« tion, taking physic, curing indigestion,
“ giving vent to choler, bile, flatulencies,
“ and tumours;'? till, at last, the idea be-
comes nauseous. Dr. Young also often tret?
paffes in the same way. The merit, however,
of this writer, in figurative Language, is
great, and deserves to be remarked. No
writer, antient or modern, had a Atronger
imagination than Dr. Young, or one more
fertile in Figures of every kind. His Meta-
phors are often new, and often natural and
beautiful. But his imagination was strong

and rich, rather than delicate and correct. · Hence, in his Night Thoughts, there prevails an obscurity, and a hardness in his style.



The Metaphors are frequently too bold, and L E C T.
frequently too far pursued; the reader is
dazzled rather than enlightened; and kept
constantly on the stretch to keep pace with the
author. We may observe, for instance, how
the following Metaphor is spụn out:
Thy thoughts are vagabonds ; all outward bound,
Midst sands and rocks, and storms, to cruise for pleasure,
If gain’d, dear bought; and better miss’d than gain'd,
Fancy and sense, from an infected shore,
Thy cargo brings; and pestilence the prize;
Then such the thirst, insatiable thirst,
By fond indulgence but inflam’d the more,
Fancy still cruises, when poor sense is tired.

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Speaking of old age, he says, it should
Walk thoughtsul on the silent folemn fhore
Of that valt ocean, it must fail so soon;
And put good works on board; and wait the wind
That shortly blows us into worlds unknown.

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The two first lines are uncommonly beautiful; “ walk thoughtful on the Glent, &c." but when he continues the Metaphor, “ to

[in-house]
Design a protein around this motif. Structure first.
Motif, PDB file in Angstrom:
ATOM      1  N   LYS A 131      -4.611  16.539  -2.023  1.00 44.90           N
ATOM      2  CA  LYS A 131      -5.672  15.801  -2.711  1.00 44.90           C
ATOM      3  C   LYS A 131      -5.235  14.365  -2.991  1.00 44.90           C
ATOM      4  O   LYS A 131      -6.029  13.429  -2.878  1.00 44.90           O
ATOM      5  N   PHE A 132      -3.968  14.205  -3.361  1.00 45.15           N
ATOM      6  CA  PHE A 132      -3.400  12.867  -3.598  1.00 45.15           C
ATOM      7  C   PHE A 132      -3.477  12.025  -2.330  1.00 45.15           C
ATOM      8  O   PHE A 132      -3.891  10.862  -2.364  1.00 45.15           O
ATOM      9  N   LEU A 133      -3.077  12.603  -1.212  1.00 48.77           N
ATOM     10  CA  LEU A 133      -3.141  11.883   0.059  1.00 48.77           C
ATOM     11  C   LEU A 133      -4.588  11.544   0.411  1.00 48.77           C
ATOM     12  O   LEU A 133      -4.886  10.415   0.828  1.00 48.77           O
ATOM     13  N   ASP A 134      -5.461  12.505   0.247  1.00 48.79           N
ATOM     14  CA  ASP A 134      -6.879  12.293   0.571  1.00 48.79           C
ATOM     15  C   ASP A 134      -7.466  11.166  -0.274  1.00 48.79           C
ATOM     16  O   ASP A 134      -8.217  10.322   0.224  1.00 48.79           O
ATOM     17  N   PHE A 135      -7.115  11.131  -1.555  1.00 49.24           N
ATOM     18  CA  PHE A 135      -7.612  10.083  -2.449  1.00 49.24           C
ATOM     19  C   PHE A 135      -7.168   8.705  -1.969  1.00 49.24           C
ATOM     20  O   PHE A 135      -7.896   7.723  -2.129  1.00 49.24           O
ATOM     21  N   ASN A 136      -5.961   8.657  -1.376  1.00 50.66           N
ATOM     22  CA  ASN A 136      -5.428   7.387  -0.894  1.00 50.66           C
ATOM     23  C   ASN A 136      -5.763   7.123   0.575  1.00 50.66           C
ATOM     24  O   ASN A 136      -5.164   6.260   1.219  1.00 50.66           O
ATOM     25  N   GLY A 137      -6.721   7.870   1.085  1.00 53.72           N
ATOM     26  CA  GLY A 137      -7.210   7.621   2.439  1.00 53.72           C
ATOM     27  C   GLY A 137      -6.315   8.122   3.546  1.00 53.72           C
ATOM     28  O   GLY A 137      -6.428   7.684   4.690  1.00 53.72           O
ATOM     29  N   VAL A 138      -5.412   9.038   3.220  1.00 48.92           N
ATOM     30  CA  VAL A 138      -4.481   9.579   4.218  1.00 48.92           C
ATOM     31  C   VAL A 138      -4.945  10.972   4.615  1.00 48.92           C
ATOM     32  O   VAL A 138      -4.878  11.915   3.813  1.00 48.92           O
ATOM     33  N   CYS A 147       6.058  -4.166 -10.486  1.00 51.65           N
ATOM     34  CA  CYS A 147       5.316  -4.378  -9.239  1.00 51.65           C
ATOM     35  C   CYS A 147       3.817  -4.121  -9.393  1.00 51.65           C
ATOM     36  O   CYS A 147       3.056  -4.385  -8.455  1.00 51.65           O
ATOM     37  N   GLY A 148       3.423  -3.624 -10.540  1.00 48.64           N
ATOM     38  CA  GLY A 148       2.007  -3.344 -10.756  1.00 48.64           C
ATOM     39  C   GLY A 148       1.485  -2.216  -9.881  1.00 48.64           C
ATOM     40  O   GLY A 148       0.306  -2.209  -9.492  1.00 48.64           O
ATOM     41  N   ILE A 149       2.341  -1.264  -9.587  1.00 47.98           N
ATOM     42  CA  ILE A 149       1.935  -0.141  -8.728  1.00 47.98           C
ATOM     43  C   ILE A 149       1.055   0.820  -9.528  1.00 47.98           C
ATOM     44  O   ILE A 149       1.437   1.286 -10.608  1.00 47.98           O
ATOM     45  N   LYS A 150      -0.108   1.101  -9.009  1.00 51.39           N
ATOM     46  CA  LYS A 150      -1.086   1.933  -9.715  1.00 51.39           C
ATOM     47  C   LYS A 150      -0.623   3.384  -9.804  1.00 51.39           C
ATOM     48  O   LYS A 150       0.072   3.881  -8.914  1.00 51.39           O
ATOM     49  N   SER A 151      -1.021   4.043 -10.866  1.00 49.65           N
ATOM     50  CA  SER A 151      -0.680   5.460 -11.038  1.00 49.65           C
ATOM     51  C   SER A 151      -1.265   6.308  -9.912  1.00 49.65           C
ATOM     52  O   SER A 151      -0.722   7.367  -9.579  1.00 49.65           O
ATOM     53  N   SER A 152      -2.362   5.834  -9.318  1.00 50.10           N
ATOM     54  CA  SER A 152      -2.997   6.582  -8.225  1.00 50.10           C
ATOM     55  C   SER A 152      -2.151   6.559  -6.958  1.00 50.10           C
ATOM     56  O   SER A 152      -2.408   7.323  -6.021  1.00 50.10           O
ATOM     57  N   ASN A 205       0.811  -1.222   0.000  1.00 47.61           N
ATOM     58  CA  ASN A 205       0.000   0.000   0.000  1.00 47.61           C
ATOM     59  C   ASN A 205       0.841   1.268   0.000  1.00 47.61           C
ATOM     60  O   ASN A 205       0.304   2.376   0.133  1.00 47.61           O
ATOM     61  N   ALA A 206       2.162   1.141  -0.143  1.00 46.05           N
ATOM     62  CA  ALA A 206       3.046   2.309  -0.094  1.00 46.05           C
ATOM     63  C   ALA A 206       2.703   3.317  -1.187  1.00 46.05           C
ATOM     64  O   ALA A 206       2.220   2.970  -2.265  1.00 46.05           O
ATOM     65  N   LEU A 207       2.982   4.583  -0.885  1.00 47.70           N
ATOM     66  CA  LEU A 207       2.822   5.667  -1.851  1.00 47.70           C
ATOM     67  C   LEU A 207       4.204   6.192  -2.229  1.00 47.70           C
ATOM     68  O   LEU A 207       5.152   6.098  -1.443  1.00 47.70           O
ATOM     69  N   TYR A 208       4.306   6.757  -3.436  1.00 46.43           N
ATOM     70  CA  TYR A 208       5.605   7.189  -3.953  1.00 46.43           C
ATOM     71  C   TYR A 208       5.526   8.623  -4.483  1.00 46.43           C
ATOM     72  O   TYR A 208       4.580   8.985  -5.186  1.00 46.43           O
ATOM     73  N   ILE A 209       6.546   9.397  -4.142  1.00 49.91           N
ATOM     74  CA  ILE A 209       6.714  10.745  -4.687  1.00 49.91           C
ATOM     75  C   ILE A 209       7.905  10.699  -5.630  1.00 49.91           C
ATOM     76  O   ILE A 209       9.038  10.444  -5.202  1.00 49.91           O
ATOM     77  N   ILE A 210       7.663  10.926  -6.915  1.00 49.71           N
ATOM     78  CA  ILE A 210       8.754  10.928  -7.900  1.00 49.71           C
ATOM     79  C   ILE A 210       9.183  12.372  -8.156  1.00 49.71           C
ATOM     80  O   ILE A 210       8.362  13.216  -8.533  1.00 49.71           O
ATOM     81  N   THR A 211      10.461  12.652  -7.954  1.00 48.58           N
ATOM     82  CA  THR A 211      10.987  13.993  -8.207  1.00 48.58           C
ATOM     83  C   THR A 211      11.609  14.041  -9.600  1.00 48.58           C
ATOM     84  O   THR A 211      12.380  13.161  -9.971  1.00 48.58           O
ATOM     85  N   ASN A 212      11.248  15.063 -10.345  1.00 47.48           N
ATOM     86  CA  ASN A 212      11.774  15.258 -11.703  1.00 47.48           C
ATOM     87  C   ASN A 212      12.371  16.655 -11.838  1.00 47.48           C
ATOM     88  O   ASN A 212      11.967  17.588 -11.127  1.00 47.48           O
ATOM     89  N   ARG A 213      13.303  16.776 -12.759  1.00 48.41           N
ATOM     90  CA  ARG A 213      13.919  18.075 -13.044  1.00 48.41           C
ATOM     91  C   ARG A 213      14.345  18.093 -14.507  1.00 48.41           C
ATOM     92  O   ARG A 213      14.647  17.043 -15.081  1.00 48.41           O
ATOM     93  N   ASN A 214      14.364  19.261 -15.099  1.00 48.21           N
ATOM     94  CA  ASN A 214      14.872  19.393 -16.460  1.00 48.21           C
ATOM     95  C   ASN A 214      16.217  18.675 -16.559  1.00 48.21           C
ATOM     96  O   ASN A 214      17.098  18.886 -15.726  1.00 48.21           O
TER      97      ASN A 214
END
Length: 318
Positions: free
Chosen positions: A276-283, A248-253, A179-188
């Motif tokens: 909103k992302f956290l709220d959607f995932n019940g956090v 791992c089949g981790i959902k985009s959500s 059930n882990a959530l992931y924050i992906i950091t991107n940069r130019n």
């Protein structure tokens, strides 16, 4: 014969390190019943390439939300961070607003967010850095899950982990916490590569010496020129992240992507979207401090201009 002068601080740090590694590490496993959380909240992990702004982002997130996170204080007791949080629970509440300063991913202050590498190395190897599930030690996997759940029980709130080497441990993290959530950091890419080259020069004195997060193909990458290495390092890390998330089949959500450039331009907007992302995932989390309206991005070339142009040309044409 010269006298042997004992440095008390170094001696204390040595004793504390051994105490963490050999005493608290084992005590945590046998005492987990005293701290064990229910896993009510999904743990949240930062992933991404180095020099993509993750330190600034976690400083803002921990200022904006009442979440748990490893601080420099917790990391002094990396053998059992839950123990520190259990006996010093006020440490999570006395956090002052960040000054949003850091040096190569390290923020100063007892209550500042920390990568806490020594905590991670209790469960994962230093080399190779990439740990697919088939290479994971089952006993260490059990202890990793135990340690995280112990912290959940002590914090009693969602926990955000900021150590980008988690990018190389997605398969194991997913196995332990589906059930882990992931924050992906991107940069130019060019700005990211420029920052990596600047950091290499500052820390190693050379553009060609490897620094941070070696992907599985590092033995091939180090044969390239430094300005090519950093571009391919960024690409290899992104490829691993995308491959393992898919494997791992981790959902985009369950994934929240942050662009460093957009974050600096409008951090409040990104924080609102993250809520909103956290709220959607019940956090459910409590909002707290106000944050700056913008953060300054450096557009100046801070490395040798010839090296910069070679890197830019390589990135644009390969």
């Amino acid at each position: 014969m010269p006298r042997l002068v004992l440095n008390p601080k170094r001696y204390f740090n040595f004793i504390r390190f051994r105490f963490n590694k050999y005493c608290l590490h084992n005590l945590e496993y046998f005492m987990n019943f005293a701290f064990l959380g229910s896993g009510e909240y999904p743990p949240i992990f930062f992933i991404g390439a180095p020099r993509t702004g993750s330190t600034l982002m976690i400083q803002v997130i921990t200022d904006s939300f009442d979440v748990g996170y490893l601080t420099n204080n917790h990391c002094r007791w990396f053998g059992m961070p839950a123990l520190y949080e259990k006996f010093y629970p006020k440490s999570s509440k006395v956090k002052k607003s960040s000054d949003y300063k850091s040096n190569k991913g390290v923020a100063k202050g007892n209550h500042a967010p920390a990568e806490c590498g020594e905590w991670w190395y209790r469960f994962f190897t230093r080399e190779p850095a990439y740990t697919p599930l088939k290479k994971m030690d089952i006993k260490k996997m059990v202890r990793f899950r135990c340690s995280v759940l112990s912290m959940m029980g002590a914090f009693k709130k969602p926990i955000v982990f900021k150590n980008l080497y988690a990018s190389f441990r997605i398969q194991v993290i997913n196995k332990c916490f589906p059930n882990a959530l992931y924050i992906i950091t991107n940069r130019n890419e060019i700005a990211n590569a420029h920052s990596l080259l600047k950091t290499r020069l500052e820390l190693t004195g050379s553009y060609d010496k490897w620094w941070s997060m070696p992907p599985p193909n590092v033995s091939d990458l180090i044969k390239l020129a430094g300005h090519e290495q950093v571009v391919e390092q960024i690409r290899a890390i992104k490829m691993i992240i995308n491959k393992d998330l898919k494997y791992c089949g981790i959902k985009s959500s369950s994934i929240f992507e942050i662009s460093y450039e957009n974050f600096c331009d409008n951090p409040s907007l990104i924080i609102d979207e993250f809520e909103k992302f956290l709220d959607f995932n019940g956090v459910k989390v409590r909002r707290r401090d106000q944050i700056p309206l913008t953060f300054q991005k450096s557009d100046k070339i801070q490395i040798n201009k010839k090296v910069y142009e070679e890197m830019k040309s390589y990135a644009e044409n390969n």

putting good works on board, and waiting “ the wind,” it plainly becomes strained, and sinks in dignity. Of all the English authors, I know none fo happy in his Metaphors as Mr. Addison. His imagination was neither so rich nor so strong as Dr. Young's; but far more chaste and delicate. Perspicuity, natural grace, and ease, always distinguish his



LE C T. Figures. They are neither harsh nor strained;

they never appear to have been studied or sought after; but feem to rise of their own accord from the subject, and constantly embellish it.

I have now treated fully of the Metaphor, and the rules that should govern it, a part of style so important, that it required particular illustration. I have only to add a few words concerning Allegory.

An Allegory may be regarded as a continued Metaphor; as it is the representation of some one thing by another that resembles it, and that is made to stand for it. Thus, in Prior's Henry and Emma, Emma in the following allegorical manner describes her conftancy to Henry;

Did I but purpose to embark with thee
On the smooth surface of a summer's fea,
While gentle zephyrs play with profperous gales,
And fortune’s favour fills the swelling fails ;
But would forsake the ship, and make the shore,
When the winds whistle, and the tempefts roar ?

We may take also from the Scriptures a very fine example of an Allegory, in the 8oth Psalm; where the people of Israel are repre. fented under the image of a vine, and the Figure is supported throughout with great coc